The content owners don't want to have to rely on one ubisuitous search engine for their future success. Why should they? Search engines can make or break sites.
And that's the whole point. With existing PC technology, there is no reason why the entire Internet TV universe should have to rely on one solution. Content owners hold most of the cards here, because they have the stuff everyone wants. So you don't deliberately create problems for them unnecessarily.
I can find oodles of TV content portals with Webcrawler, Bing, Yahoo, or anything else. Why should the TV STB become beholden to just Google?
Bert, you are right about the hardware. As you know from personal experience, building a very capable HTPC is trivial -- you can even put it in a nice case that looks like a piece of A/V gear, and there are plenty of usable UIs available for the 10-foot experience.
But just as with a Roku box, Apple TV or any of these other STB replacements, eliminating the monthly fee for renting the cable company's proprietary hardware does not eliminate the monthly fees for content.
As every cord-cutter knows, you can save some money if you're willing to subscribe to a couple of pay services (Netflix, HuluPlus, etc.) and willing to navigate to the network sites, but you're still going to be giving something up -- specifically, nearly anything that's live, especially live sports.
I agree we don't need to have hardware colluding with content distribution, but this isn't really a hardware problem as much as it is a business model problem -- one that involves those aforementioned contracts with the likes of Viacom, Disney & Comcast -- and all the issues related to channel tiers vs. a la carte.
Intel cannot solve that problem. No hardware company can. And neither can your HTPC.
We are in TOTAL agreement, Frank. As you said, the content rights issue is separate, and unlikely that a hardware companey can come to grips with it.
Since so much content IS already available online, for free or for pay, I will assume here that the main thing people are obsessing over is *live ESPN content*.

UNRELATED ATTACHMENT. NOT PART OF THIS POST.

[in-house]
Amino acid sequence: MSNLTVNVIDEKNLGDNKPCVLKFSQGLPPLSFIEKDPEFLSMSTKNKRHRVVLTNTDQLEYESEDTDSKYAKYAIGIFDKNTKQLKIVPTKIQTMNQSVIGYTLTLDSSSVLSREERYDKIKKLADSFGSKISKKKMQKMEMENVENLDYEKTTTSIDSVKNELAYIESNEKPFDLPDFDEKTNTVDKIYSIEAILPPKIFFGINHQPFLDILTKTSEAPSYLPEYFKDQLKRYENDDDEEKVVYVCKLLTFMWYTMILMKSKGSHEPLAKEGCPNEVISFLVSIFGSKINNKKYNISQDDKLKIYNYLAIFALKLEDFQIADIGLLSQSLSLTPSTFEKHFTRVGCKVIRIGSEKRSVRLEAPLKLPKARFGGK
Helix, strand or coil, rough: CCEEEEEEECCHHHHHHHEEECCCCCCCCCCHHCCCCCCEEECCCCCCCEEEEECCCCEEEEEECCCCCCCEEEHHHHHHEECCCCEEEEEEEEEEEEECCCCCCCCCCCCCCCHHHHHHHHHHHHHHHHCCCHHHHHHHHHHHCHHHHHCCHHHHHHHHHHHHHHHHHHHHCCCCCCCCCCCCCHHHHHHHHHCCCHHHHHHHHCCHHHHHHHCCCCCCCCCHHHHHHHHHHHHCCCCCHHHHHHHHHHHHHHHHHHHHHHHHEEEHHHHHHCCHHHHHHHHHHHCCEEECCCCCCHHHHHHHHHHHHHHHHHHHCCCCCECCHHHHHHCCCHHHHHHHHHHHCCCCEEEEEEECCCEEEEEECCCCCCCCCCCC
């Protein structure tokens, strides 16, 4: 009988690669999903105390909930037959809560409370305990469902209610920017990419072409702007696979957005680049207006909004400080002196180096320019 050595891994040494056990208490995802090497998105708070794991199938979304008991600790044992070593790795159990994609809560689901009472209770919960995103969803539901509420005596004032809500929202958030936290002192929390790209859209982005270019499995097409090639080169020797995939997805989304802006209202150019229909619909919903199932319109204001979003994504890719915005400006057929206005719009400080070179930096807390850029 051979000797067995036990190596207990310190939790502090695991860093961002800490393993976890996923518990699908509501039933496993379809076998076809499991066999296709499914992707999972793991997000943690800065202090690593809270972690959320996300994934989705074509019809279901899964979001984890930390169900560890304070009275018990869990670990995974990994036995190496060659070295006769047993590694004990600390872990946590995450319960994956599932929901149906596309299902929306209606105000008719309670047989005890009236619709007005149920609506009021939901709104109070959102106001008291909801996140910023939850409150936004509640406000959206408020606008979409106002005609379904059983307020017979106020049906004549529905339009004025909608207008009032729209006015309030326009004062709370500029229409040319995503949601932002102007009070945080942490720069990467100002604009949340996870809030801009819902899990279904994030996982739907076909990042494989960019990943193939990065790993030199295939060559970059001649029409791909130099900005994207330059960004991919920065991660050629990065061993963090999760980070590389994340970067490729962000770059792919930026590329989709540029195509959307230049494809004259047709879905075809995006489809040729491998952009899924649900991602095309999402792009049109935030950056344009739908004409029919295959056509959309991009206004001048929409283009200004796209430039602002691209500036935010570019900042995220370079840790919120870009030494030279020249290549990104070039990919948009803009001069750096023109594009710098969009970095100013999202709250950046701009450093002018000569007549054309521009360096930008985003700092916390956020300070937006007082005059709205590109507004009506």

So here's the thing. If Disney is unwilling to make live ESPN content available at their very own abc.com site, e.g. with subscription, then what leads anyone to think that, oh, say Coca Cola, would fare any better at getting rights to that content?
Burt, BTW, if you would like to have a good STB made with Intel silicon inside, I would suggest you take a look at Xfinity X1 service: http://xfinity.comcast.net/x1/
Or if in Europe, check out Liberty Global offerings: http://www.lgi.com/horizon.html
The delivery of the content is simple. The problem is the various licensing and proprietary locks every link in the delivery chain. The interest in this is based upon the changing dynamics of what a PC will be used for in a house. The TV will remain a center point for a family, even those that use multiple screens to watch content. Intel is not the only company working on this type of hardware. We will have in production in April a very small PC that sits on top of the TV, with a camera built-in.
I learned earlier this week (from Google's presentation in the Silicon Valley Comsoc, Rick Merritt will be soon writing about this) that one needs 1Gb connection to the home in order to see 4K video and the compression offered by variant of H.264 has already been solved, reinforcing what @Bert22306 is saying -he is spot on, Intel should rather focus its attention on a good set top box for the next generation video. Incidentally, at the event cited above, Google's product manager for its Kansas city project passed around a content delivery box that has 1000BaseT as well as CoAx interfaces so some one has already SOLVED the 4K video delivery probem!